Vladimir Nabokov

NABOKV-L post 0020848, Thu, 7 Oct 2010 17:47:48 -0400

Re: THOUGHT: the whole codology
On Oct 6, 2010, at 10:47 PM, NABOKV-L wrote:

> Tom Rymour writes:
> Dear All,
> Re the hunt for codology in Pale Fire(AKA the Higgs boson of Nabokov
> studies) I recall a conversation with an academic in 1998. She was
> one of
> the three judges who had just seen fit to give me a literary award
> for a
> work of satirical fantasy. I asked her if she ever dabbled in
> fiction, and
> she said: "Good heavens, no! there are only two kinds of people --
> those
> who write and those who write about them. You're one and I'm the
> other.
> And if it wasn't for chaps like you, we'd have nothing to do!"
> It strikes me that Old McNab has given an awful lot of people a
> great deal
> to be getting on with. Personally, I'm content to look at the Taj
> Mahal by
> moonlight, rather than pore over architectural drawings of it.
> Hugs and kisses...
> Tom (Rymour)

One might simply ask what does a list-member seek in coming here?
The announcements, the sightings? the carefully crafted prose? verbal
ping-pong or quilting?
I guess I come here for the various kinds of explications and don't
feel particularly wasted, embarrassed, or forlorn for that.
I find Pale Fire engaging, and that it rewards inquiry and study.
Can one tell a priori when a writer has pondered too much, too wide,
or too deeply over a particular piece of literature?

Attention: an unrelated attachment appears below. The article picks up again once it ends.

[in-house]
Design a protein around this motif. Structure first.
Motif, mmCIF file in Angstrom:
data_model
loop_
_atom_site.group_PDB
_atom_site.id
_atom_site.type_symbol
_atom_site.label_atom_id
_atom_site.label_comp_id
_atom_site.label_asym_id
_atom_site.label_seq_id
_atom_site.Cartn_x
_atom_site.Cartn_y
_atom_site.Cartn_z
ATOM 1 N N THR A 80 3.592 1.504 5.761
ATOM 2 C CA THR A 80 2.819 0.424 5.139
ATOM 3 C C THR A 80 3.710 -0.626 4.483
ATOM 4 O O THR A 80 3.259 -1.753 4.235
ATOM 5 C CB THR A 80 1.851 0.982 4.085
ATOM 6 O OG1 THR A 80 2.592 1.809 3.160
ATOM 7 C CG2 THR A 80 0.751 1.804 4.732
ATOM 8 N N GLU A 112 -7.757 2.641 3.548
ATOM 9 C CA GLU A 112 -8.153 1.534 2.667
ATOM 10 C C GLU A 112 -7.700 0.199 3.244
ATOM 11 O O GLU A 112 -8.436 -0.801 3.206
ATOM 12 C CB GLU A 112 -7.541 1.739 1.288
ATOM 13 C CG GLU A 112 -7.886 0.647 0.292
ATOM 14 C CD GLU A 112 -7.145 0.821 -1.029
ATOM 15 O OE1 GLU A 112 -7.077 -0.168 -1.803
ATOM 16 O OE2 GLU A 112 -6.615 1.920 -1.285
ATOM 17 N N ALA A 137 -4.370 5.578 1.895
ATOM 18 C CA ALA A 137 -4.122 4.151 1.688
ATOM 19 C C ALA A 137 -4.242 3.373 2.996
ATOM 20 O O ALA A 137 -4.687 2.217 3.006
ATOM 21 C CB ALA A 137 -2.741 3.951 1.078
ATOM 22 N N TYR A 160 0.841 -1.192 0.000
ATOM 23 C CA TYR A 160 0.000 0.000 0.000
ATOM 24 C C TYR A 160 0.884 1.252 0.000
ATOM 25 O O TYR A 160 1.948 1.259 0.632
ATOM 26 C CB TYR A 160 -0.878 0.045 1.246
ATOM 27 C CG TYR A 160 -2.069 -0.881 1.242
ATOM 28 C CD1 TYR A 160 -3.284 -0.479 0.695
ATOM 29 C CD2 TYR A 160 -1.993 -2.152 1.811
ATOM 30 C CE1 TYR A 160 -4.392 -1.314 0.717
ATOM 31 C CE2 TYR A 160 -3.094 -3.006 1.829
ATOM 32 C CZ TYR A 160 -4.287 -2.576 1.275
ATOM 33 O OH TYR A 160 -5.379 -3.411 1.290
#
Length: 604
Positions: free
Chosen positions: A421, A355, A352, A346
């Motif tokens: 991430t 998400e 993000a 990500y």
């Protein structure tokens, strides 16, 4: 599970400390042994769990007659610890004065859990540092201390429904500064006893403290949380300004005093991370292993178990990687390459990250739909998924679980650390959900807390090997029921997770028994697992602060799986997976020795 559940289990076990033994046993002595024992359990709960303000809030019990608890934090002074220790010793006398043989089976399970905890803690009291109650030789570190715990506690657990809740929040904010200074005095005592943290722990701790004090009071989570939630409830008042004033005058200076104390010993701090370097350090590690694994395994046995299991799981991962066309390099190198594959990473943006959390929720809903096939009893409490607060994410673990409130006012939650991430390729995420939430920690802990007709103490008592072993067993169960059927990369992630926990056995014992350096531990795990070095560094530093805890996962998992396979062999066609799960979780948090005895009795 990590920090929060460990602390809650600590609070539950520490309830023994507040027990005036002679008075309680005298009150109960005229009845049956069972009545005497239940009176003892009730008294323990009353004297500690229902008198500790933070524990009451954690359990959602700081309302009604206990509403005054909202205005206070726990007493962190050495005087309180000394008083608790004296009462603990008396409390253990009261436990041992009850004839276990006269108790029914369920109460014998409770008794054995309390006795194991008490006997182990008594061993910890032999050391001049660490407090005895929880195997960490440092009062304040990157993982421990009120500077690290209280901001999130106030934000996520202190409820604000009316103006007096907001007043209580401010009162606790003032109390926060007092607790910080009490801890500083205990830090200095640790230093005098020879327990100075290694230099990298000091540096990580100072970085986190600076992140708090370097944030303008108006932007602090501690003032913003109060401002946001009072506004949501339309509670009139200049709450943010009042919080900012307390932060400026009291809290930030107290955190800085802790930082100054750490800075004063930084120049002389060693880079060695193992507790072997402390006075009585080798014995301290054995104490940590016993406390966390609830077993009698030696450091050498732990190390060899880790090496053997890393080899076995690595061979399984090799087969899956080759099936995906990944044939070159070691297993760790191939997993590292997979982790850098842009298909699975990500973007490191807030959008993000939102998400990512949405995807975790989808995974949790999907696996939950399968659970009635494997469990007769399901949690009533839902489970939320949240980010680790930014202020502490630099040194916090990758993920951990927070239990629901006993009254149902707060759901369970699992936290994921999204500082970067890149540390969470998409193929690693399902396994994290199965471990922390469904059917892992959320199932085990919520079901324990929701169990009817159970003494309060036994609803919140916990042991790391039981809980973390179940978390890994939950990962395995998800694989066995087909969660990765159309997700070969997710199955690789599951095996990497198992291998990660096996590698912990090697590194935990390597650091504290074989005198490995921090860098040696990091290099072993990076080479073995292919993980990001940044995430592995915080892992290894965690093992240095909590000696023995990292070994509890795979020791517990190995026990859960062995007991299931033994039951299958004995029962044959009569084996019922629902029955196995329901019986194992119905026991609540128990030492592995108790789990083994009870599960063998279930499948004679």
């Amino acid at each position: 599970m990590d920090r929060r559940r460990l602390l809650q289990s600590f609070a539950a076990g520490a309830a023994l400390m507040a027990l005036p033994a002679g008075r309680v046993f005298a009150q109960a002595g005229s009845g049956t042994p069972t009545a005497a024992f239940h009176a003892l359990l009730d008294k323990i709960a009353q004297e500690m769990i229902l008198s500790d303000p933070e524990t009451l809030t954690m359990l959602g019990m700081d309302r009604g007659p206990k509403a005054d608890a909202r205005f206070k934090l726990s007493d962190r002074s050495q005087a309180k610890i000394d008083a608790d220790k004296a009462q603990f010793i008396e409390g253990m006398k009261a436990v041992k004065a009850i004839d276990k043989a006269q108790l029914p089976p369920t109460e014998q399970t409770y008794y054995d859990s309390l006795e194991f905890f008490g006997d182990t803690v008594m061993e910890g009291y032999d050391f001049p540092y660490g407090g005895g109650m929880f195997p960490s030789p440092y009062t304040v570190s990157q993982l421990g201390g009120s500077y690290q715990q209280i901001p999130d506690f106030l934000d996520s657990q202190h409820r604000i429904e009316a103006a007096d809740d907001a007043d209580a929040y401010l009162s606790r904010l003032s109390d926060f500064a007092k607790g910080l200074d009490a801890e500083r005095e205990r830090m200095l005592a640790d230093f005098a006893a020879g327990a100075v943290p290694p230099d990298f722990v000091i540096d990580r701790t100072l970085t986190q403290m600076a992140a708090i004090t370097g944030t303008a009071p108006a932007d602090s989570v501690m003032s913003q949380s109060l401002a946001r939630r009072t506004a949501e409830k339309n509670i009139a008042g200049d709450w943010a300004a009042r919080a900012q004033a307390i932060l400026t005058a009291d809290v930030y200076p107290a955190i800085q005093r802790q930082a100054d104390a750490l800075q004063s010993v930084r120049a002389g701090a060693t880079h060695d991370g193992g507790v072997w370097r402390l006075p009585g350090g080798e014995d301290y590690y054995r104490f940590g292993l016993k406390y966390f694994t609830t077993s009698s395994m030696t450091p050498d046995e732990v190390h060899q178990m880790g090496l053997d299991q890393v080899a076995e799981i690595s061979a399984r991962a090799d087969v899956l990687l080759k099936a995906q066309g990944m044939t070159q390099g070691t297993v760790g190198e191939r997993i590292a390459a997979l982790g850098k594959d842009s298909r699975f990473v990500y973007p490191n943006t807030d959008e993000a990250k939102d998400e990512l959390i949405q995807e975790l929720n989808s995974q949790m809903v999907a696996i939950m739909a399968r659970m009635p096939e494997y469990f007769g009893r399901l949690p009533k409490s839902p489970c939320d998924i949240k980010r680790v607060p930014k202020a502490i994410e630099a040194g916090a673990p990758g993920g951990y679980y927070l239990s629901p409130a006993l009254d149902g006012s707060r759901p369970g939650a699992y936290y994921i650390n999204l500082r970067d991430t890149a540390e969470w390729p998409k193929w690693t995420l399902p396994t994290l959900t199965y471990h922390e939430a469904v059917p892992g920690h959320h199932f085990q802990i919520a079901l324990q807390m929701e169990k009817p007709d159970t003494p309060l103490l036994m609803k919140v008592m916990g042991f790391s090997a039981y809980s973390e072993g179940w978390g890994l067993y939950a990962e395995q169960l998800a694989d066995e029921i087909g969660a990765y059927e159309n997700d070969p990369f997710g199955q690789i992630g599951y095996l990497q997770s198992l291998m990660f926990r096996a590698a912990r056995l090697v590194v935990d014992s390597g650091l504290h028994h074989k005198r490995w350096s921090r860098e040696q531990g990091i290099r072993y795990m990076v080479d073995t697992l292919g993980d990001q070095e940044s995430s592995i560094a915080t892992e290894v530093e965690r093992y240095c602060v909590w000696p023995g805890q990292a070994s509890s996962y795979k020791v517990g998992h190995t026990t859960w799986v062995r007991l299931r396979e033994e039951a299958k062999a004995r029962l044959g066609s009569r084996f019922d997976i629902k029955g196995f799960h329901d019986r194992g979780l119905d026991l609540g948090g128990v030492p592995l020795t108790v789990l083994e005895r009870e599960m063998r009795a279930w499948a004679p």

Maybe some readers can. For sure we all live with our own prejudices,
meaning ready-made choices, of how we spend our time.
No one can read everything.

Analysis kills enjoyment.
I've had more than one teacher express that sentiment; and then
disparage it.
If every tenth page were torn out of a book, its greater gist might
still be comprehended. But what would that do to enjoyment?
Therefore, the more you know the more you enjoy.
But this is a generality, and the truth is what you experience in all
the many particularities of your life.
Therefore like the King in Saint-Exupéry's The Little Prince I'll
command you to be yourself, and read whatever interests you and what
you perceive to be worthwhile; what you would do anyhow. If my name
serves as a stop sign, I find that regrettable, but unavoidable, for
I'll just be following my own best guesses and inclinations about how
I should spend my time.

Finally, taking a hint from the Chinese, let me counter a pretty
metaphor with a bland aphorism:
Criticism is good, specific criticism is better.

slightly piqued,

ps. as to my own prejudices, spider sense, and from what the blurbs
are... well let me just wish the most extraordinary good luck!
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